little, but it’s never coming back; we feel it at the same time, turning to look at each other swallow our own little co-op of sick – the collective noun for sick is in fact a co-op – these are the things that drive us; if you feel something so viscerally that your body expels its own nutrients, then you need to pay attention.
With that out of the way we can indulge in a little tab of bacid; a bacon-based psychedelic displaying the general properties and dose effects of lysergic acid diethylamide, but with the onset time of dimethyltryptamine: it is placed on the tongue in the traditional fashion but then begins to fizz, feeling much like popping candy; the ensuing vapour is then inhaled, thus arriving at the brain in an extremely expedient manner. People’s features become delineated; deep purple grid lines reveal facial contours we just never notice in the everyday. Then we enter the submarine, or rather the pig’s snout. The musac now beautiful, dancing along the liquified pews, synesthesia taking over; smells fill our ears, and euphonious notes daub the effervescent ceiling with hues not witnessed in the most ebullient of dreams; tasteless consumables shimmer and glow, their comforting lists of synthetic ingredients pin sharp, their prices reasonable on an Aristotlean level.
“You need to leave the fucking church,” I say, “it’s going to exploooode.” Still he doesn’t move; I can see why he isn’t moving; his legs have been replaced by traffic cones, and not the ones students put on their heads in the age old fashion, handed down from one lack of imagination to the next; no, these were those really heavy ones used to keep jumbo jets off patches of the runway that are still a little tacky. No wonder he can’t move. But he can’t see what I see. It could be fear; fear does that to a man; I once saw a guy who’d broken both his legs in a motorcycle accident, but it was actually probably the fear that meant he couldn’t move at all. But this guy doesn’t have fear in his eye; he has belief, he has grit, and not the kind that requires a soft saline eyewash; his hands upon his leather belt now, like it was the wheel of some big ocean liner [10 points for the reference]. I look deep into his swirling orange pupils as he stares right back into my dilated watery abysses; we meet somewhere across the ether, in a parallel universe we converse as brothers, an unspoken bond between us, we are about to have what can only be described as “a moment”. Then Perl appears and clonks him on the back of the head with a packet of milk chocolate hobnobs – an open packet, I notice. We then drag our unconscious brother to a shopping trolley and hurl him down the cold meats aisle towards the exit [now remember this bloke, coz he’ll probably turn up again in, umm, oh I don’t know, part 17? (I now have absolute faith in our ability to reach part 17, if only for this blokeWhoseNameIHaven’tThoughtOfYet’s sake)]. The not insubstantial crowd of parishioners who have gathered outside the shopfront take care of the man who will forever view this time in his life as a near death experience. Fool; there’s no such thing as a near death experience, we’re a split second away from death incessantly, you’re either alive or dead; if you want an experience, choose a full-on life one…like blowing up a co-op whilst tripping off your nuts. With everybody now out of the shop, Perl and I mix the last of the chemicals together as we hear, or rather see, the cans of condensed chicken soup [I made this bit up – I’ve no idea whether condensed soup still exists] tell us that three of the emergency services are on their way – as soon as the co-op go down the inevitable route of sailing shops, we’ll be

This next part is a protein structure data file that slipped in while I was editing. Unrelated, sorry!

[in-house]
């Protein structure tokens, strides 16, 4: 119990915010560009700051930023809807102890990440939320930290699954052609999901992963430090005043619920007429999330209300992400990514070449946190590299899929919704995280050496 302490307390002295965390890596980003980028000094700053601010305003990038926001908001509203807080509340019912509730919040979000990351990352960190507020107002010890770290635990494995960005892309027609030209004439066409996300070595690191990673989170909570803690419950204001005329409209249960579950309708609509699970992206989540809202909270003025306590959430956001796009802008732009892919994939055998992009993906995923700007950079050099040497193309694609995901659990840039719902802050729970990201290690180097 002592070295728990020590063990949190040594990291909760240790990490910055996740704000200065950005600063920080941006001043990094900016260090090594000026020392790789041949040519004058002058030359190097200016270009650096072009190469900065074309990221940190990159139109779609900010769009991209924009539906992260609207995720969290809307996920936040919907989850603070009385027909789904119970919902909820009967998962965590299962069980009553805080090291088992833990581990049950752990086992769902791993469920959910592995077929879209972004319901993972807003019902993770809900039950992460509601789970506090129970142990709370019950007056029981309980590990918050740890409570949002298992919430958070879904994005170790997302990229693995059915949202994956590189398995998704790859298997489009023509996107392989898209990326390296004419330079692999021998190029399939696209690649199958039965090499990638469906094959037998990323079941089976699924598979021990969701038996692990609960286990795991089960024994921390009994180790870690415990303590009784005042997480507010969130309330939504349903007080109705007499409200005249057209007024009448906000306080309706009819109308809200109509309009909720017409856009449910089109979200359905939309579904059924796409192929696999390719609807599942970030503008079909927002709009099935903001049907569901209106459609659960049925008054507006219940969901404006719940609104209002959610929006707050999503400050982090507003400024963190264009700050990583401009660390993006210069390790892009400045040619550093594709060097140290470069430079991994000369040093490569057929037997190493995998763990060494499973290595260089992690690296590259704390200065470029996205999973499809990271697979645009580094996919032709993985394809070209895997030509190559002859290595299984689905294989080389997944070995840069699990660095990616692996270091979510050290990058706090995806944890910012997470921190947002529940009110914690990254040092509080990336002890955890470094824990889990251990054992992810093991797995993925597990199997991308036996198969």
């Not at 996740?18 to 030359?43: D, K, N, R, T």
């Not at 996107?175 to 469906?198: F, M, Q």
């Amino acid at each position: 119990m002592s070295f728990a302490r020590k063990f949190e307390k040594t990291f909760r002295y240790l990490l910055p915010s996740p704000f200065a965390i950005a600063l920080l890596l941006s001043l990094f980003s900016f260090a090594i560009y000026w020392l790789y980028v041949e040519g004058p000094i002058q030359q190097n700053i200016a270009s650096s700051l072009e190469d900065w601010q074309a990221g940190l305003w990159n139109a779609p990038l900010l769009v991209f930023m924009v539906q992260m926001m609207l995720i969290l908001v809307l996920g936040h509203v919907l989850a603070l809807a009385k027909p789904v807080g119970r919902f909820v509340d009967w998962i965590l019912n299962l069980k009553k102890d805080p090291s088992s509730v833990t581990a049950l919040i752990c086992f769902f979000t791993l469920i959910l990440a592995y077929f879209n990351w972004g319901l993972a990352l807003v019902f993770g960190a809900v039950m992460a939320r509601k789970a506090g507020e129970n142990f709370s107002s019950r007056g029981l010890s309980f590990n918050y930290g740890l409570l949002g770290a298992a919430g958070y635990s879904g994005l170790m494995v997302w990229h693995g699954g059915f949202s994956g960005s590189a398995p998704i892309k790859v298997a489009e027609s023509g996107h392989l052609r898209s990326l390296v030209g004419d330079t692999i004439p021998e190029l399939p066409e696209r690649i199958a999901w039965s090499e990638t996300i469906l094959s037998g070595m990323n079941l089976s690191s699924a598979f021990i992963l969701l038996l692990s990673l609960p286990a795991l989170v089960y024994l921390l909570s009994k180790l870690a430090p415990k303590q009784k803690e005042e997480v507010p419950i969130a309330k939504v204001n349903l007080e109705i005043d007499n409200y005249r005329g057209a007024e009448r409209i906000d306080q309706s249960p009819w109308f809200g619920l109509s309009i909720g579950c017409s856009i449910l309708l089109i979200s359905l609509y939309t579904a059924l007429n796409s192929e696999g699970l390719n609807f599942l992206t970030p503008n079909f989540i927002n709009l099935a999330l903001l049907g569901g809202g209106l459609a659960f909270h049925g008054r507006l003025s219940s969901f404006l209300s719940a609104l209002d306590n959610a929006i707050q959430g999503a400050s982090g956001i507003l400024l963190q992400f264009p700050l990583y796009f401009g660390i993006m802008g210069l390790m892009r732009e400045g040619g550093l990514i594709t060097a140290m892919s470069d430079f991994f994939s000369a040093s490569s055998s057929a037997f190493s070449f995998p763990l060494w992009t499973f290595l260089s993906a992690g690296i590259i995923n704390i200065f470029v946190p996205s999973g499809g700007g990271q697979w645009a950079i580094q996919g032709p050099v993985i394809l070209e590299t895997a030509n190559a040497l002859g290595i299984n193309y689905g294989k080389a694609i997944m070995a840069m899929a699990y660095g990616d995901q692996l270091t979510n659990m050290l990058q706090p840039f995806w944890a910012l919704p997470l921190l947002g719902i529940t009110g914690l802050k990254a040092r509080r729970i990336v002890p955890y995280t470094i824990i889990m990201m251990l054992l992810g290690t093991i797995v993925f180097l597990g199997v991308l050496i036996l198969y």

[bacid art courtesy of Arthur Browne (go comment and make history)]